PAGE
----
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Old 14-09-2020, 08:30 AM
ozdw (Dave Wilson)
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Crazy? Tak for not-quite-newbie

I would appreciate some feedback to counter the path I'm on. Is my thinking crazy?

Background. Twenty years ago I owned an Intes 150mm Mak and a Vixen Super Polaris mount. It was good fun and only used for visual. Long story but moved back to America (no comments on that pls ) and sold it. Now back in Australia for good and thinking about my next (last?) purchase to get back into the hobby. This time I plan to mix it up with imaging as well as visual observing from the farm in Johanna, VIC (dark skies, though 1km from the Southern Ocean so could be challenging wrt seeing). I might even build a small shed with roll-off roof so I can leave it configured between observing sessions.

I'm searching for a used Tak TSA-120 and am thinking of buying new an iOptron CEM60. There doesn't seem to be anyone who's owned this scope that hasn't loved it. When I've bought the best quality I could afford at the time, I've rarely regretted it, so that's what I have in mind now. If I need to sell the gear later for some reason, I reckon the value would be relatively well preserved. I think the mount might be overkill, but it would give me flexibility in future.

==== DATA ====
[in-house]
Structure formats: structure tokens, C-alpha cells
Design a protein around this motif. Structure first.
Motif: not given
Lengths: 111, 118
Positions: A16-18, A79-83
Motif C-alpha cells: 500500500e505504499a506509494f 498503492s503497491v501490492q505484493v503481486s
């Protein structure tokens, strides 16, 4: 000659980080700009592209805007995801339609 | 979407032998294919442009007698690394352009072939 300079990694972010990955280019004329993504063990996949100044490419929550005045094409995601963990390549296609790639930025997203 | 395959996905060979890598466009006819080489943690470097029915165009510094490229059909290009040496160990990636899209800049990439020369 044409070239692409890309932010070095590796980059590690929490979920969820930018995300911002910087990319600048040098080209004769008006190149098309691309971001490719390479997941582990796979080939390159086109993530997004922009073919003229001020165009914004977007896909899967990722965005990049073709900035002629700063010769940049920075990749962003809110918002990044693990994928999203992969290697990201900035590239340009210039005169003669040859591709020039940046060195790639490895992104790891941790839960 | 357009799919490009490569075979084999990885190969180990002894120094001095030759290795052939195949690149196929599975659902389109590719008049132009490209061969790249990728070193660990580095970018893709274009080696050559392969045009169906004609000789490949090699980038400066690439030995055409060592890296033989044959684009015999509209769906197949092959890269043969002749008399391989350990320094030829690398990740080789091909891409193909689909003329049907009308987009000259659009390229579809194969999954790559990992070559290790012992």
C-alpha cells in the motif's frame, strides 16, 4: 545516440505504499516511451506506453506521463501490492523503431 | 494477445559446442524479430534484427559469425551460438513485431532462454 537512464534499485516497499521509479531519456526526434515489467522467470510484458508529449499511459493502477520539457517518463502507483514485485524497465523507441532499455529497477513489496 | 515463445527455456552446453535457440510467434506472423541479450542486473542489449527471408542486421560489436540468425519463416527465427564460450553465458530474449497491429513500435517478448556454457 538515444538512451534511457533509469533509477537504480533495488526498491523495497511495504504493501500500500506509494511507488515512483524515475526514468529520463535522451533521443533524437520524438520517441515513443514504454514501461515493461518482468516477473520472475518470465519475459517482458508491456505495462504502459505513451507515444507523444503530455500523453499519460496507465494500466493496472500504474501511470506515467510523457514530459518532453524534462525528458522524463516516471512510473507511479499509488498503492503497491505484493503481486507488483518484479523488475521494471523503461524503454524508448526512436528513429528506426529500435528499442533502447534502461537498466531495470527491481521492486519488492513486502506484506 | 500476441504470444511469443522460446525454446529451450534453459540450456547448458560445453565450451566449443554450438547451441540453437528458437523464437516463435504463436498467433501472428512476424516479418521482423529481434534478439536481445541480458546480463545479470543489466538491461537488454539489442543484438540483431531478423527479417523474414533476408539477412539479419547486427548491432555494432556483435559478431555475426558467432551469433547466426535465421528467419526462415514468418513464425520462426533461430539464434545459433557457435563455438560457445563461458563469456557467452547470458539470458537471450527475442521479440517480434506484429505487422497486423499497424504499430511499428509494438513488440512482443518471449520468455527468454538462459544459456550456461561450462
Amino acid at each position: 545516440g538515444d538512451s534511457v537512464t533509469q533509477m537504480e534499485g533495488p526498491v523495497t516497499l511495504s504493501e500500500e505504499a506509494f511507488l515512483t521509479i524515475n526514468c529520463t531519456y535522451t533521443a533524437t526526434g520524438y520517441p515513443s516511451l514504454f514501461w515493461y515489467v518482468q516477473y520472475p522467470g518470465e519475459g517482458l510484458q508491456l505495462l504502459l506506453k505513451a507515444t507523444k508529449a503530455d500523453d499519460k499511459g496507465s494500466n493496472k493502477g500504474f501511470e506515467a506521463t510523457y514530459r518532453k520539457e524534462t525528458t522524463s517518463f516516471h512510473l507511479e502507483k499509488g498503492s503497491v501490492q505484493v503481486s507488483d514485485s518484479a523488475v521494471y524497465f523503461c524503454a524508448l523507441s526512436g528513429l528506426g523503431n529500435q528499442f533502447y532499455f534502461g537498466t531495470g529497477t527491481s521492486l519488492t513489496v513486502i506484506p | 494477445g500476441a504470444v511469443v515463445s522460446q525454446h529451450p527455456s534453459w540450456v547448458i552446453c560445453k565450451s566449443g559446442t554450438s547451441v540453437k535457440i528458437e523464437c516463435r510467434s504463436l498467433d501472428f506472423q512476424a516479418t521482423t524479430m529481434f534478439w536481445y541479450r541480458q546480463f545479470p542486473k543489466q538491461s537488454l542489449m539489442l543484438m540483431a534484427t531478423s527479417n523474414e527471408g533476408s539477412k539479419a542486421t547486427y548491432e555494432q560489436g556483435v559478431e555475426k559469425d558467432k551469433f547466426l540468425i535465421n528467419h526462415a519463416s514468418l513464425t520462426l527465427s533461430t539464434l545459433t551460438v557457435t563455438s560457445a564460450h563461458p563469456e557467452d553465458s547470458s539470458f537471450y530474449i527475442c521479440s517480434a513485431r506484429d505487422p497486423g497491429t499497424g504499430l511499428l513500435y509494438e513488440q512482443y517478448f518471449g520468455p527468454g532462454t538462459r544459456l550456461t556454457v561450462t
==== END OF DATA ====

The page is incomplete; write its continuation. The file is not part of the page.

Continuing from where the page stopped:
I don't intend to focus solely on particular targets, e.g. planets, deep-sky, etc. but instead want a good all-rounder that will grow with me as I re-develop some of those lost skills.

So-- Crazy or rational?

dave
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Old 14-09-2020, 12:04 PM
JohnL
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Hi Dave,